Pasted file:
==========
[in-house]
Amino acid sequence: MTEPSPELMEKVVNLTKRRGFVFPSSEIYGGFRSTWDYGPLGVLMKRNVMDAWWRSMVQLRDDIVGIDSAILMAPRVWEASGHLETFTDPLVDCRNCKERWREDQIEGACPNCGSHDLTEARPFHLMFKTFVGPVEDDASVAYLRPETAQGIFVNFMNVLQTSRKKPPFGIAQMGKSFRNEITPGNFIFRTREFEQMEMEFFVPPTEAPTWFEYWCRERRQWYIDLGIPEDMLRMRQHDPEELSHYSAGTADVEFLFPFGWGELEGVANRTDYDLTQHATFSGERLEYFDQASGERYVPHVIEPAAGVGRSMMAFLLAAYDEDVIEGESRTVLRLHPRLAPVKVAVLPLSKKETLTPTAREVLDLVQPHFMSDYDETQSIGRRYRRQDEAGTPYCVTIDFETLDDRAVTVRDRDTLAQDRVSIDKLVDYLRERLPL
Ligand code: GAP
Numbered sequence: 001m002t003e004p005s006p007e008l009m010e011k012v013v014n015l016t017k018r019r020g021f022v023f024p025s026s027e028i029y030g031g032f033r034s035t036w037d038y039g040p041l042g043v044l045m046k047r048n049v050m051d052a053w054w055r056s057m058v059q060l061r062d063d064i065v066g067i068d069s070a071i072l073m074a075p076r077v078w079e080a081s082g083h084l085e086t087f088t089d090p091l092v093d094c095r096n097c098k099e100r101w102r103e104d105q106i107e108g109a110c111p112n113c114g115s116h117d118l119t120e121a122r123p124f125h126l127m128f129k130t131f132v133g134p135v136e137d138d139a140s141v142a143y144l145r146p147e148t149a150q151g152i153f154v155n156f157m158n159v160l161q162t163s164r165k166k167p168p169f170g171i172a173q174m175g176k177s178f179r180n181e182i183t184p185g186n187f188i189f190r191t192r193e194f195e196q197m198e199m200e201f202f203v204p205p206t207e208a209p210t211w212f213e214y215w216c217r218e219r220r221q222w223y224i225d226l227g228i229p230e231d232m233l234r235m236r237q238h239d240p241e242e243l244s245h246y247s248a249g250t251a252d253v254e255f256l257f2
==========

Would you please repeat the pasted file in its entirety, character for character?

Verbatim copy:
[in-house]
Amino acid sequence: MTEPSPELMEKVVNLTKRRGFVFPSSEIYGGFRSTWDYGPLGVLMKRNVMDAWWRSMVQLRDDIVGIDSAILMAPRVWEASGHLETFTDPLVDCRNCKERWREDQIEGACPNCGSHDLTEARPFHLMFKTFVGPVEDDASVAYLRPETAQGIFVNFMNVLQTSRKKPPFGIAQMGKSFRNEITPGNFIFRTREFEQMEMEFFVPPTEAPTWFEYWCRERRQWYIDLGIPEDMLRMRQHDPEELSHYSAGTADVEFLFPFGWGELEGVANRTDYDLTQHATFSGERLEYFDQASGERYVPHVIEPAAGVGRSMMAFLLAAYDEDVIEGESRTVLRLHPRLAPVKVAVLPLSKKETLTPTAREVLDLVQPHFMSDYDETQSIGRRYRRQDEAGTPYCVTIDFETLDDRAVTVRDRDTLAQDRVSIDKLVDYLRERLPL
Ligand code: GAP
Numbered sequence: 001m002t003e004p005s006p007e008l009m010e011k012v013v014n015l016t017k018r019r020g021f022v023f024p025s026s027e028i029y030g031g032f033r034s035t036w037d038y039g040p041l042g043v044l045m046k047r048n049v050m051d052a053w054w055r056s057m058v059q060l061r062d063d064i065v066g067i068d069s070a071i072l073m074a075p076r077v078w079e080a081s082g083h084l085e086t087f088t089d090p091l092v093d094c095r096n097c098k099e100r101w102r103e104d105q106i107e108g109a110c111p112n113c114g115s116h117d118l119t120e121a122r123p124f125h126l127m128f129k130t131f132v133g134p135v136e137d138d139a140s141v142a143y144l145r146p147e148t149a150q151g152i153f154v155n156f157m158n159v160l161q162t163s164r165k166k167p168p169f170g171i172a173q174m175g176k177s178f179r180n181e182i183t184p185g186n187f188i189f190r191t192r193e194f195e196q197m198e199m200e201f202f203v204p205p206t207e208a209p210t211w212f213e214y215w216c217r218e219r220r221q222w223y224i225d226l227g228i229p230e231d232m233l234r235m236r237q238h239d240p241e242e243l244s245h246y247s248a249g250t251a252d253v254e255f256l257f2